Keep up-to-date with drugs and crime

The latest research, policy, practice and opinion on our criminal justice and drug & alcohol treatment systems
What has the MoJ done about Lammy?
The MoJ's first year update on tackling racial disparity shows there is a lot of work to be done.

Share This Post

Last September David Lammy published his hard hitting assessment of institutional racism within the criminal justice system. The Lammy Review detailed racial disparity at every level, see my infographic summarising some of the key findings below.

The MoJ accepted all 35 Lammy recommendations and its fundamental challenge that government and criminal justice agencies must either explain the reasons for racial disparity in a particular situation and if it cannot do so, reform the system to eradicate racism.

Now (11 October 2018), it has published its first progress report with the rather lengthy title: Tackling Racial Disparity in the Criminal Justice System: 2018 Update Includes progress responding to the Lammy Review into the treatment of, and outcomes for, Black, Asian and Minority Ethnic individuals in the Criminal Justice System, one year on.

This 39 page document is not an easy one to summarise. Unsurprisingly, the endemic racism uncovered by David Lammy is not susceptible to a fast fix. Therefore the progress report lists a range of different research projects, steering groups and new structures rather than reporting examples of clear progress.

This is, perhaps, inevitable and the MoJ has taken steps to address every one of the 35 recommendations in Mr Lammy’s original report.

I include three examples of the type of response the MoJ has initiated below:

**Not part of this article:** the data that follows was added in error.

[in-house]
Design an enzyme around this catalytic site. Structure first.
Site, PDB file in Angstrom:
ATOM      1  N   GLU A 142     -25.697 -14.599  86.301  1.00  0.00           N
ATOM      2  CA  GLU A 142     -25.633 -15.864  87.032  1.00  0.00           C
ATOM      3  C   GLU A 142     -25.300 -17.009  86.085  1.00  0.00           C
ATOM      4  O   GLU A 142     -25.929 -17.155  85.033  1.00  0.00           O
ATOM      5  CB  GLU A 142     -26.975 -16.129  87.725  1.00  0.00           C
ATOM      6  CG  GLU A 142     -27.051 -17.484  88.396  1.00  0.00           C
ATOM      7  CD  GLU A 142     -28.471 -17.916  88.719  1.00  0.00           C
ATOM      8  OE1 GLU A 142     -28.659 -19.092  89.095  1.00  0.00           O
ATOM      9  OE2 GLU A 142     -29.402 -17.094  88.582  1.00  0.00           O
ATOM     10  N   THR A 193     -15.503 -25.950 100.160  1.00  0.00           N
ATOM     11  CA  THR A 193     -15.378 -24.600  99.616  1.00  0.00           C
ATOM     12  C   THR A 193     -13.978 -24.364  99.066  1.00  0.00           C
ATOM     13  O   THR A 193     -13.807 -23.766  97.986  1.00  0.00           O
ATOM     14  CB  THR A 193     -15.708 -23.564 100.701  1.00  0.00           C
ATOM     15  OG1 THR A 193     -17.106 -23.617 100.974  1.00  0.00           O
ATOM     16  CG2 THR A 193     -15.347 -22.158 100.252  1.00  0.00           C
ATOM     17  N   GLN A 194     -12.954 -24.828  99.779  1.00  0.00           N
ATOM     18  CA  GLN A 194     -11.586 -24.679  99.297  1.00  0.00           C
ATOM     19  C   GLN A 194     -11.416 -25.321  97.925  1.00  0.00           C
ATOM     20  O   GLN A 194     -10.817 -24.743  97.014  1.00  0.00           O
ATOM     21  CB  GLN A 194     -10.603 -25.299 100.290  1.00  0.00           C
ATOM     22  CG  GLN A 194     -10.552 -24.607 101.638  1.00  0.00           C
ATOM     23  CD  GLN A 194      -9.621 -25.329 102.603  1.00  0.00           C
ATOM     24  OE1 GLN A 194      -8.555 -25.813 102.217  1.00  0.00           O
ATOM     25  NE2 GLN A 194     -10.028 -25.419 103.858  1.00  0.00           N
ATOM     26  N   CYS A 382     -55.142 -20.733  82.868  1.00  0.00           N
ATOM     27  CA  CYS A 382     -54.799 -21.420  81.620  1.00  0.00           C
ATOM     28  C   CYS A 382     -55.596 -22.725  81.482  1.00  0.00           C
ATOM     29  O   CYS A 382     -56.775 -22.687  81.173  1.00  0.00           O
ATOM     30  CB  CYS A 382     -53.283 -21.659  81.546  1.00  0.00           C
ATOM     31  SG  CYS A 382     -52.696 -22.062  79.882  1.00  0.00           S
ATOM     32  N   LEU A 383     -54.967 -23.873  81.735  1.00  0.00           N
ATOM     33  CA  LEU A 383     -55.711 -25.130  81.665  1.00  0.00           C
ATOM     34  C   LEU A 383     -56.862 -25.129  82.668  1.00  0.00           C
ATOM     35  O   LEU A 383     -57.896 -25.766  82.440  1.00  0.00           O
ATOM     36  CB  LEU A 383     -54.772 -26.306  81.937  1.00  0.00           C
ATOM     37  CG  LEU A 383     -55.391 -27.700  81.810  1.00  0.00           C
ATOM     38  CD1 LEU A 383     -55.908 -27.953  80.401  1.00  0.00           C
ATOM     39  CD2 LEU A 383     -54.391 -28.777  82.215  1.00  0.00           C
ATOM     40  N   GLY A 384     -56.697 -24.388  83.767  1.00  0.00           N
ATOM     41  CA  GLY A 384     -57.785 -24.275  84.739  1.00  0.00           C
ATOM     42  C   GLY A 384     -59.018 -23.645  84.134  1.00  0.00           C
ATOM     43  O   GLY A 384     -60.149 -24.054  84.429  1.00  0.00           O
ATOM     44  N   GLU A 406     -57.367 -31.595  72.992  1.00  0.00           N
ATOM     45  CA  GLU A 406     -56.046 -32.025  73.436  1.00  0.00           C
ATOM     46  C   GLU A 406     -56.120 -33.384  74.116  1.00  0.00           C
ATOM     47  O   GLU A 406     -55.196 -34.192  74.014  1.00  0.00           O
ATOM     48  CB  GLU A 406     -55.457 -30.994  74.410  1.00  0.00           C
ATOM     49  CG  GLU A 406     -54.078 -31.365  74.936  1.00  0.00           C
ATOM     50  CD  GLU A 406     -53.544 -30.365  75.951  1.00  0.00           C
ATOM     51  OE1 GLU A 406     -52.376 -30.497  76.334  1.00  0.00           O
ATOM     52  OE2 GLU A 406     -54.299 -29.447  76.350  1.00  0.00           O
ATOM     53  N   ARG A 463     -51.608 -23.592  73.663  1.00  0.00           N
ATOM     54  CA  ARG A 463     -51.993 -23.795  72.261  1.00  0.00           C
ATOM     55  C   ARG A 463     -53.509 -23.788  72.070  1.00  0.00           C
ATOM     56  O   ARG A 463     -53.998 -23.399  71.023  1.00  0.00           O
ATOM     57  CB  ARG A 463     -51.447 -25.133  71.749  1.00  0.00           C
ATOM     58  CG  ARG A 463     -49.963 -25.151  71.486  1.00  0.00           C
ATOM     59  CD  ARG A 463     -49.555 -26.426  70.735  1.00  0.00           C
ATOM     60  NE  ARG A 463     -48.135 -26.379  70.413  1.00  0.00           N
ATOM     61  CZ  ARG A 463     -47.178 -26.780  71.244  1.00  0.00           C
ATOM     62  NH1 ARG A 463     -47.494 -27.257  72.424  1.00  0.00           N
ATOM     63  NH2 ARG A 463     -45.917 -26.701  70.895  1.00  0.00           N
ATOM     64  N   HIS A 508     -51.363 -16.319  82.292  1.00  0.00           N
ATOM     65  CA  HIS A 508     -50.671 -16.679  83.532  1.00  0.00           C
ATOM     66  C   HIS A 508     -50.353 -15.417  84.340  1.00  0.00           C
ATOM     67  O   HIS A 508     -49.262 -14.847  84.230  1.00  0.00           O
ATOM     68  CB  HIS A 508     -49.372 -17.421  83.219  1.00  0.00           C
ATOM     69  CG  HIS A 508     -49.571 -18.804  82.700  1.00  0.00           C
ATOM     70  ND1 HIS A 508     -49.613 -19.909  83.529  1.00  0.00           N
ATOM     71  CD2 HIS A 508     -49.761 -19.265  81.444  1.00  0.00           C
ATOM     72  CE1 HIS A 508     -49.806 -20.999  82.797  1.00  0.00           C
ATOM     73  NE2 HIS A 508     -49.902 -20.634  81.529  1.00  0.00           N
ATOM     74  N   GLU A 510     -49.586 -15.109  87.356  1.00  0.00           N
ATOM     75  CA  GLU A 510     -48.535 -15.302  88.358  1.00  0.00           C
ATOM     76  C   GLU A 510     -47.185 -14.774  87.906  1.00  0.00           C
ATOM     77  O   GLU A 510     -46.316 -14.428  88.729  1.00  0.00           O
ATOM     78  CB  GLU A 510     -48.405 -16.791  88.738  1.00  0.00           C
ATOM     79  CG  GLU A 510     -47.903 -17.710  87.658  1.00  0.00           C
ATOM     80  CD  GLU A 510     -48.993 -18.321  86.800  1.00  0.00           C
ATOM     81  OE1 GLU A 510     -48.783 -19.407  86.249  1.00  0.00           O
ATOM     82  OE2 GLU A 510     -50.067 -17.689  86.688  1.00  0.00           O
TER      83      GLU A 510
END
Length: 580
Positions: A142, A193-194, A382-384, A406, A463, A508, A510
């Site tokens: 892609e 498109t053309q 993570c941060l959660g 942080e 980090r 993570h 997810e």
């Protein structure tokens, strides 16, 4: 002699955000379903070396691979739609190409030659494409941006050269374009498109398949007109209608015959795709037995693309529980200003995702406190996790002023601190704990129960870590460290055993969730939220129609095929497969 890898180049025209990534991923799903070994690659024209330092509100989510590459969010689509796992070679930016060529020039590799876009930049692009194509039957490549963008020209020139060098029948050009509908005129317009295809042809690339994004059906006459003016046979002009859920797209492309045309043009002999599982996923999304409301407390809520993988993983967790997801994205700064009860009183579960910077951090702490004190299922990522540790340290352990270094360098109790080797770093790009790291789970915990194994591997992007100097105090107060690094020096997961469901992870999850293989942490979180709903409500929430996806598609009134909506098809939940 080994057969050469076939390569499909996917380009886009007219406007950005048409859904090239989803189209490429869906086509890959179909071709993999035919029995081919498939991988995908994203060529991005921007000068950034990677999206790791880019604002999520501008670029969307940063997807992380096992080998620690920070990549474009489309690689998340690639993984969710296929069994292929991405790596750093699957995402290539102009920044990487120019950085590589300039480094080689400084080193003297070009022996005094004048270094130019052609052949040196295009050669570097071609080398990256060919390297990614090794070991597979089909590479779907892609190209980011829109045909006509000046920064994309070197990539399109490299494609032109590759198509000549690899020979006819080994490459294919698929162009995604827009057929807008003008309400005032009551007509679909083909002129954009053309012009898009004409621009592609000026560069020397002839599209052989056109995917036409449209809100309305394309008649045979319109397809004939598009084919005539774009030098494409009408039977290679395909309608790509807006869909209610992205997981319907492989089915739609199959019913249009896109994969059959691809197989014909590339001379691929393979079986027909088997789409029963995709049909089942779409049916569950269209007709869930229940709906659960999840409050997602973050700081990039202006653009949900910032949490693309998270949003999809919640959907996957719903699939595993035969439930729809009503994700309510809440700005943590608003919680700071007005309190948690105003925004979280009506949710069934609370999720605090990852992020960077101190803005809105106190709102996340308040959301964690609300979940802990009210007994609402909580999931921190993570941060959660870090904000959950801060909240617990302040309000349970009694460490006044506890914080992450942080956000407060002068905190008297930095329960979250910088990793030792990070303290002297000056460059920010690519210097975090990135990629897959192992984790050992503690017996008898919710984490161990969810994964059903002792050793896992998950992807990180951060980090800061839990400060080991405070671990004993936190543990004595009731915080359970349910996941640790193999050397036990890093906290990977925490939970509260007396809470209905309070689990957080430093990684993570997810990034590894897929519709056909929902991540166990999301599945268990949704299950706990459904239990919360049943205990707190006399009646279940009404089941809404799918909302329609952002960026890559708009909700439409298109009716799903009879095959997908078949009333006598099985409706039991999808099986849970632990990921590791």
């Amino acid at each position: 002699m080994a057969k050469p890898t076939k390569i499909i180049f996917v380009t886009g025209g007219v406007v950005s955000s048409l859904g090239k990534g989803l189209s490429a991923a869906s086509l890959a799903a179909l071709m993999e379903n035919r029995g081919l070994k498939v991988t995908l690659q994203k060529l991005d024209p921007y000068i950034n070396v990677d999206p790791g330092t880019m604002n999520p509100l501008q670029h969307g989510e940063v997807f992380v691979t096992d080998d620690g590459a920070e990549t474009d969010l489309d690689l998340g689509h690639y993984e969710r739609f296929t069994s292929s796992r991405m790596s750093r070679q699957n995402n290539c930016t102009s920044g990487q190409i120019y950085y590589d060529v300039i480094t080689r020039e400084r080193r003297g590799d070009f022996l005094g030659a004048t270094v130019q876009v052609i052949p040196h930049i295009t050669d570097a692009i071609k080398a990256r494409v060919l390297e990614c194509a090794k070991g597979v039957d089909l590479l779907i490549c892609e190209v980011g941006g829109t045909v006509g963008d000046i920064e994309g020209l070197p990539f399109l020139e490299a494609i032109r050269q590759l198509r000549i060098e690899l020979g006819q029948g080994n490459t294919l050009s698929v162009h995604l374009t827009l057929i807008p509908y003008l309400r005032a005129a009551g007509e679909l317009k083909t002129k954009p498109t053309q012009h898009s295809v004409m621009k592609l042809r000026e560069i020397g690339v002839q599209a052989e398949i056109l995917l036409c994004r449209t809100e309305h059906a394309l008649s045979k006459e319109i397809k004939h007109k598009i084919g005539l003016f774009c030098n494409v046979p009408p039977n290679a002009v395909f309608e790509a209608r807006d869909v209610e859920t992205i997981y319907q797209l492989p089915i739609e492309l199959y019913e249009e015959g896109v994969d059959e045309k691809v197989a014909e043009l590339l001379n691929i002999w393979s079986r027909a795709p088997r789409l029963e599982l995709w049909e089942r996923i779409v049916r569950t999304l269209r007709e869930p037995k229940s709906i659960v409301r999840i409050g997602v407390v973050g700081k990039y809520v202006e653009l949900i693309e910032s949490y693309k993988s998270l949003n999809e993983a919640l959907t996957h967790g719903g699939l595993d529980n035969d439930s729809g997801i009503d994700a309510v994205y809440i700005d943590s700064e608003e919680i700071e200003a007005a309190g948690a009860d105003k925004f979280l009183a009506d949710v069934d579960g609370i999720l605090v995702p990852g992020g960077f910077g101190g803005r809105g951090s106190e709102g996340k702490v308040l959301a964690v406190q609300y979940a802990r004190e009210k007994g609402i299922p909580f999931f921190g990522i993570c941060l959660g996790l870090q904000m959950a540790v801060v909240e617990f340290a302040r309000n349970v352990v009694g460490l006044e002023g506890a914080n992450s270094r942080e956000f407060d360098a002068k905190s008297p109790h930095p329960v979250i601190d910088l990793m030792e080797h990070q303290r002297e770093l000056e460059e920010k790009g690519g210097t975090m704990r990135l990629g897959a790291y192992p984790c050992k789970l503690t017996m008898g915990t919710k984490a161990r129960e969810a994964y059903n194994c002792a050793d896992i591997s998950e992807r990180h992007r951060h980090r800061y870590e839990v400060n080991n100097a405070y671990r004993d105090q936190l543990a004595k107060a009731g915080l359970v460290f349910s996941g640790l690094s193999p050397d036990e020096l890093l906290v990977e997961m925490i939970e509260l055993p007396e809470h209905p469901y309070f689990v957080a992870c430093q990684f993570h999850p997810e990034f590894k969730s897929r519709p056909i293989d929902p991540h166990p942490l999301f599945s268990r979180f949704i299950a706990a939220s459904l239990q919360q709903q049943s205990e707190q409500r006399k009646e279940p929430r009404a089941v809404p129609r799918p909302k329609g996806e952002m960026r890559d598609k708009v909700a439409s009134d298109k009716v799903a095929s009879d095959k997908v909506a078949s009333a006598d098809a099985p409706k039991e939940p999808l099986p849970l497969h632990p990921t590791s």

Recommendation 2: The government should match the rigorous standards set in the US for the analysis of ethnicity and the CJS. Specifically, the analysis commissioned for this review – learning from the US approach – must be repeated biennially, to understand more about the impact of decisions at each stage of the CJS.

UPDATE: The MoJ are working with representatives from the Race Disparity Unit, Government Statistical Service Good Practice Team and as well as Office for National Statistics Methodology, with the involvement of academic statisticians, to develop a best practice approach for the use of Relative Rate Indexes. These enable us to compare the likelihood of a certain outcome for different groups, where this would be suitable and statistically robust. The MoJ is already seeking where possible to add Relative Rate Indexes into forthcoming publications. From March 2019 we will implement this approach for all statistical bulletins featuring suitable rate data broken down by ethnicity and other protected characteristics.

Recommendation 24: To increase the fairness and effectiveness of the Incentives and Earned Privileges system, each prison governor should ensure that there is forum in their institution for both officers and prisoners to review the fairness and effectiveness of their regime. Both BAME and White prisoners should be represented in this forum. Governors should make the ultimate decisions in this area.